2017 Progress Report: Organotypic Culture Model to Analyze Developmental LimbMalformationsResulting from Toxicant/Teratogen Exposure

EPA Grant Number: R835736C002
Subproject: this is subproject number 002 , established and managed by the Center Director under grant R835736
(EPA does not fund or establish subprojects; EPA awards and manages the overall grant for this center).

Center: Vanderbilt Pittsburgh Resource for Organotypic Models for Predictive Toxicology
Center Director: Hutson, Michael Shane
Title: Organotypic Culture Model to Analyze Developmental LimbMalformationsResulting from Toxicant/Teratogen Exposure
Investigators: Tuan, Rocky
Institution: University of Pittsburgh Main Campus , Vanderbilt University
EPA Project Officer: Klieforth, Barbara I
Project Period: December 1, 2014 through November 30, 2018 (Extended to November 30, 2019)
Project Period Covered by this Report: December 1, 2016 through November 30,2017
RFA: Organotypic Culture Models for Predictive Toxicology Center (2013) RFA Text |  Recipients Lists
Research Category: Safer Chemicals , Health , Human Health


Our goal is to develop robust in vitro three-dimensional (3D) organotypic culture models (OCMs) based on human mesenchymal stem cells (MSCs) to first examine critical phenomena of embryonic limb development that are prime targets of limb teratogenesis, and then examine their susceptibility to perturbation by known and candidate teratogens and environmental toxicants.

Progress Summary:

The Limb Development team is building and testing three distinct organotypic culture models for chondrogenesis (OCM1), hypertrophy (OCM2), and segmentation (OCM3) for each one of their milestones.

Increasing morphological consistency in OCM1 and 2 (chondrogenesis and hypertrophy). The morphologic inconsistencies amongst the cultures were due to poor adherence of the micromass to the culture surface over the course of the culture period (17 days). We tested both additional surface coating modifications and gel overlays. We settled on the use of a gel overlay comprised of 5% w:v photocrosslinkable gelatin (PXL mGL) (Fig. 1A), which resulted in the cultures remaining planar and adherent to the surface and significantly increased consistency between cultures and experiments (Fig. 1B). When we compared chondrogenic differentiation between normal-uncovered cultures and those with gel-overlay, we found that the gel overlay increased chondrogenic gene expression in the underlying mesenchymal cells (Fig. 1C).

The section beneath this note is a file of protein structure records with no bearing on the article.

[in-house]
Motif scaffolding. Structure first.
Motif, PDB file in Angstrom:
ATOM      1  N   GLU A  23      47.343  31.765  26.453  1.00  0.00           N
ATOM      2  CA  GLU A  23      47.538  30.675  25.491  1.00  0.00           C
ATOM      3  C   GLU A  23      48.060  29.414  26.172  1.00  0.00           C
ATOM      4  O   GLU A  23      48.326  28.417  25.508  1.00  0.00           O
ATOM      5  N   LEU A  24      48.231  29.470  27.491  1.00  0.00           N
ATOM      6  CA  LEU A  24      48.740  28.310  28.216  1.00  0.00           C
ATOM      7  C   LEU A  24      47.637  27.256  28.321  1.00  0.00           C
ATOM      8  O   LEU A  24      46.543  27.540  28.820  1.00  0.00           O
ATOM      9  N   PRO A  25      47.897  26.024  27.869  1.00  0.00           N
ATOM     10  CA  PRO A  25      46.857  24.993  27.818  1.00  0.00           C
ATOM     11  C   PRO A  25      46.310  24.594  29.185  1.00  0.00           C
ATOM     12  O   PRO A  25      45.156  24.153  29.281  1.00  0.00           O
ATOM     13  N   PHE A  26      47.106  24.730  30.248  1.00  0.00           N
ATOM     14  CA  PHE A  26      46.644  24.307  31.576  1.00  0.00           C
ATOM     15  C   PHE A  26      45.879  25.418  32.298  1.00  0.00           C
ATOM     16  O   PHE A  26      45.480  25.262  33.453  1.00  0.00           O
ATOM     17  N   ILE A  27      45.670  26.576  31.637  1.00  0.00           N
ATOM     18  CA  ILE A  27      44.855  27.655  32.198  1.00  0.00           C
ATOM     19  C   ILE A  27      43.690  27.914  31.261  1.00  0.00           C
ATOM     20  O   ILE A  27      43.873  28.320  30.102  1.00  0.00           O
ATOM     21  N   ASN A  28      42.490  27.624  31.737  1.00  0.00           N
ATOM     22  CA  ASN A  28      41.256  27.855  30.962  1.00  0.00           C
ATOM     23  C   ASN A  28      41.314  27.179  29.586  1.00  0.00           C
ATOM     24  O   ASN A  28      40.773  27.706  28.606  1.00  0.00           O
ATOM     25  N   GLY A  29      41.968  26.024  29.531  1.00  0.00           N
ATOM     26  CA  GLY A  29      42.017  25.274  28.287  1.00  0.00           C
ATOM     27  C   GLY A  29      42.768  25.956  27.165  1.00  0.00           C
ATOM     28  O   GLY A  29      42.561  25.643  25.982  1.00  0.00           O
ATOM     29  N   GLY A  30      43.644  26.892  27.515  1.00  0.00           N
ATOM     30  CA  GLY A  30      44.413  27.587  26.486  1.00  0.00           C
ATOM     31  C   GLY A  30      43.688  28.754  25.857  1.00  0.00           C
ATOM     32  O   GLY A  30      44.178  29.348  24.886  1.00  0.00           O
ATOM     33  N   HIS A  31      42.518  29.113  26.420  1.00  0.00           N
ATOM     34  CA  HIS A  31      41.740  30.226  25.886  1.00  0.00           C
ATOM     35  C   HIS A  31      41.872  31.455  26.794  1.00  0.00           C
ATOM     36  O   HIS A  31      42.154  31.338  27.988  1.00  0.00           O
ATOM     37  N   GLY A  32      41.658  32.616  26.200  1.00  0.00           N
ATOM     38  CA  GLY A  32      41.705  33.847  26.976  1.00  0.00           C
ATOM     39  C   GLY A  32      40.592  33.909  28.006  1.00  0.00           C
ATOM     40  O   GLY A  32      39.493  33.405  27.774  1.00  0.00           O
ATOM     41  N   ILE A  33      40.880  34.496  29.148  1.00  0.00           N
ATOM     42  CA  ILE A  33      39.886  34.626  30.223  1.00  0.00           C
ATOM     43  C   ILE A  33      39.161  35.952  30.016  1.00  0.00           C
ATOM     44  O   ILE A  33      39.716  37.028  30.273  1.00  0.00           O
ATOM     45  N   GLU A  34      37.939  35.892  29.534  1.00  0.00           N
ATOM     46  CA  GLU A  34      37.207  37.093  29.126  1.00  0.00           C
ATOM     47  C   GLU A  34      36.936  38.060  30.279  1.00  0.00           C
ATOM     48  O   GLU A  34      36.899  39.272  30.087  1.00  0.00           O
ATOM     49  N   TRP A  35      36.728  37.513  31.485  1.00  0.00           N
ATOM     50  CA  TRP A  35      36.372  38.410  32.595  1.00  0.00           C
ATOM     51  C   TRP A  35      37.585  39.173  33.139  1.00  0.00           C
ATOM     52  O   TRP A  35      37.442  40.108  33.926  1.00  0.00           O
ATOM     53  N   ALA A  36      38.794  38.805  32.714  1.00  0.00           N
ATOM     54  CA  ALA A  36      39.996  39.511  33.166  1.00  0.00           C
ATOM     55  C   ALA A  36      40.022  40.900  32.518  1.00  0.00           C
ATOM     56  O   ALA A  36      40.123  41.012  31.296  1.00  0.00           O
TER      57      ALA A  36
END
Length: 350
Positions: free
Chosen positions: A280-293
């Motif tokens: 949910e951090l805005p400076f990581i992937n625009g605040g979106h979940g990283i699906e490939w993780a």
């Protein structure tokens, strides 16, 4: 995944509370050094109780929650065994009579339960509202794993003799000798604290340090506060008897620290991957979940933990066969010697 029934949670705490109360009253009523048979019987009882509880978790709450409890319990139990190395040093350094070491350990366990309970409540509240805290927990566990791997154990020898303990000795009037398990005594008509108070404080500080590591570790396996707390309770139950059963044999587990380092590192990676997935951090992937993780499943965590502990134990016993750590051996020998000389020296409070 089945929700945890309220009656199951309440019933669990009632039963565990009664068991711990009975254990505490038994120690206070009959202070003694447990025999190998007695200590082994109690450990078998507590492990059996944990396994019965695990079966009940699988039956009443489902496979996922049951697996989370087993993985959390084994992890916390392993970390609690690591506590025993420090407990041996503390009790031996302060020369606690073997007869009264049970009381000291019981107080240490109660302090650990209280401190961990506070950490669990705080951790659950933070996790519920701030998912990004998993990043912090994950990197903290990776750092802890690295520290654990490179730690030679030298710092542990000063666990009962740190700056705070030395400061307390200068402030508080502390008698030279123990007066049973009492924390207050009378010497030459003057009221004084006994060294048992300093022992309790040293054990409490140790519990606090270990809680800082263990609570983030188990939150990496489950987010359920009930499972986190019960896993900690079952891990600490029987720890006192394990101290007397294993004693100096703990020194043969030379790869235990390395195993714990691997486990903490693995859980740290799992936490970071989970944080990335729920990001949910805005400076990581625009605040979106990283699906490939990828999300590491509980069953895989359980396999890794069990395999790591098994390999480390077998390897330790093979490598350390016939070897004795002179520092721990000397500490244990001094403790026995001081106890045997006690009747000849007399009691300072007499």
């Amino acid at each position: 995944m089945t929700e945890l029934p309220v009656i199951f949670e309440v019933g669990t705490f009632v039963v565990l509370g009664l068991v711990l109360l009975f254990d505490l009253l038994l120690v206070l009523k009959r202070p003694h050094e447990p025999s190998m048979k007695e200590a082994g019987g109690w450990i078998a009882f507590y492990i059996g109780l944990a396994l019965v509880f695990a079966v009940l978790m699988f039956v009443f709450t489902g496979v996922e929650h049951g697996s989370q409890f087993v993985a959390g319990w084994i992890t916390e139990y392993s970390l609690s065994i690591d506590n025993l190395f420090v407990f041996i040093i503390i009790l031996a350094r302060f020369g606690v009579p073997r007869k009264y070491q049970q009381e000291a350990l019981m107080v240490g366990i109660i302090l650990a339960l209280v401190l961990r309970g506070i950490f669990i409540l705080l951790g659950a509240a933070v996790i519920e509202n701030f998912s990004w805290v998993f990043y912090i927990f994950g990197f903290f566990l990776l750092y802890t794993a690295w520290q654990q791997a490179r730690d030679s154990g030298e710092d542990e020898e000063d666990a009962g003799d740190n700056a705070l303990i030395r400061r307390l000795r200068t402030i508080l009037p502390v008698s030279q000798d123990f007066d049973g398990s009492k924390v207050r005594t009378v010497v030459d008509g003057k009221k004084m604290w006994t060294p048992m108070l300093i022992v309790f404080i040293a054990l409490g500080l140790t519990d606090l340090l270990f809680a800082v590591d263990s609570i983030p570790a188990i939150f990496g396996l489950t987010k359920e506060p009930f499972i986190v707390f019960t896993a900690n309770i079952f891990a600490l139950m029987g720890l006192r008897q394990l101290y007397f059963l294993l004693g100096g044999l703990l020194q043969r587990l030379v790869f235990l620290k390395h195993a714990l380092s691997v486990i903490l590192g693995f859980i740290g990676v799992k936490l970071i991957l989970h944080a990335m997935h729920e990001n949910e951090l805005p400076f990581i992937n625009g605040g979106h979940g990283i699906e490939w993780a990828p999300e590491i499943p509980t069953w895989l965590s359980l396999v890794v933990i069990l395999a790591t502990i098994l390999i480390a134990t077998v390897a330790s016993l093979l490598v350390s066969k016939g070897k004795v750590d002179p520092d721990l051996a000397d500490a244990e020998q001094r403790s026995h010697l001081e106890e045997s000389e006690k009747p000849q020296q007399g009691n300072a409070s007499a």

The increased utility of the gel overlay is evident in experiments involving epi-fluorescent microscopic analysis. This year, Project 2 has been developing several stage-specific differentiation GFP promoter-reporters. Work with the collagen type 2 GFP promoter reporter in uncovered and gel overlay cultures in Day 7, 10, and 14 of chondrogenesis showed that promoter activity increased in both types of cultures overtime but in the gel-overlay cultures, we can reliably count the numbers of GFP positive cells and their intensity (Fig. 2A). We compared the fold change in Col2 gene expression assayed by RT-PCR with the corrected total cell fluorescence (CTCF) fold change and found excellent agreement (Fig. 2B).

This assay will be the model for validation of reporter-promoter constructs we will be using in the coming year. In summary, the gel overlay resulted in morphologically consistent cultures that could be quantitatively analyzed by microscopy. The gel overlay is incorporated into our final OCM 1 and 2 (version 1) designs.

Developing a chondrogenic micromass sensitive to thalidomide. Another issue with our model from Year 2 was an apparent insensitivity of human adult MSC cultures to thalidomide, which caused us to reconsider our model in light of known and putative mechanisms of thalidomide teratogenesis. Specifically, it is thought that thalidomide may prevent angiogenesis during limb formation and that the mechanism of action is via disruption of normal cereblon-mediated protein turnover and concomitant changes in gene expression. Cartilage and vasculature have an antagonistic relationship. In light of this, we wanted to incorporate vasculogenesis into our culture by using the gel overlay technique to include endothelial cells, specifically GFP-labeled HUVECs.